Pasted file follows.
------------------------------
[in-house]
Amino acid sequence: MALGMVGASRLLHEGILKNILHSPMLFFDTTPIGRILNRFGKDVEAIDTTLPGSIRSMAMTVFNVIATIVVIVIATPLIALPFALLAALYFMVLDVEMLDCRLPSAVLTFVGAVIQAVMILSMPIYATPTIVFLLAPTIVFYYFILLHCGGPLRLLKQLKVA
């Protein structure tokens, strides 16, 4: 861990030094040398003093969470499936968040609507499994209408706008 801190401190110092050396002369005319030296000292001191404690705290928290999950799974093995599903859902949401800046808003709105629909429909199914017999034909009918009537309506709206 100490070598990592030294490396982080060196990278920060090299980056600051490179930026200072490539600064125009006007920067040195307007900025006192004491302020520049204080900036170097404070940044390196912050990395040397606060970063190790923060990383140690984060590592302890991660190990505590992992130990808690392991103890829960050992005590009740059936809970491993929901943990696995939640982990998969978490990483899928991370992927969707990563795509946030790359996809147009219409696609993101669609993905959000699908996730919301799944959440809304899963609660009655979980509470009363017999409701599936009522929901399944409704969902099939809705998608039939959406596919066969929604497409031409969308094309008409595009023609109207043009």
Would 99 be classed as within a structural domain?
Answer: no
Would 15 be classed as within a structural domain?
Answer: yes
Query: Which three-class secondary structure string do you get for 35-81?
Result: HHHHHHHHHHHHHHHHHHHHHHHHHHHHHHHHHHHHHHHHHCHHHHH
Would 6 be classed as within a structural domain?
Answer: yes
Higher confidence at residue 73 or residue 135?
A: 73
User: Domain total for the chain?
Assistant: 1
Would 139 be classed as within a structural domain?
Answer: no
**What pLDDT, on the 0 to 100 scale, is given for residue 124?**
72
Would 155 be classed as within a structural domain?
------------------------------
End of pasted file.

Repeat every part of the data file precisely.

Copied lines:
[in-house]
Amino acid sequence: MALGMVGASRLLHEGILKNILHSPMLFFDTTPIGRILNRFGKDVEAIDTTLPGSIRSMAMTVFNVIATIVVIVIATPLIALPFALLAALYFMVLDVEMLDCRLPSAVLTFVGAVIQAVMILSMPIYATPTIVFLLAPTIVFYYFILLHCGGPLRLLKQLKVA
């Protein structure tokens, strides 16, 4: 861990030094040398003093969470499936968040609507499994209408706008 801190401190110092050396002369005319030296000292001191404690705290928290999950799974093995599903859902949401800046808003709105629909429909199914017999034909009918009537309506709206 100490070598990592030294490396982080060196990278920060090299980056600051490179930026200072490539600064125009006007920067040195307007900025006192004491302020520049204080900036170097404070940044390196912050990395040397606060970063190790923060990383140690984060590592302890991660190990505590992992130990808690392991103890829960050992005590009740059936809970491993929901943990696995939640982990998969978490990483899928991370992927969707990563795509946030790359996809147009219409696609993101669609993905959000699908996730919301799944959440809304899963609660009655979980509470009363017999409701599936009522929901399944409704969902099939809705998608039939959406596919066969929604497409031409969308094309008409595009023609109207043009």
Would 99 be classed as within a structural domain?
Answer: no
Would 15 be classed as within a structural domain?
Answer: yes
Query: Which three-class secondary structure string do you get for 35-81?
Result: HHHHHHHHHHHHHHHHHHHHHHHHHHHHHHHHHHHHHHHHHCHHHHH
Would 6 be classed as within a structural domain?
Answer: yes
Higher confidence at residue 73 or residue 135?
A: 73
User: Domain total for the chain?
Assistant: 1
Would 139 be classed as within a structural domain?
Answer: no
**What pLDDT, on the 0 to 100 scale, is given for residue 124?**
72
Would 155 be classed as within a structural domain?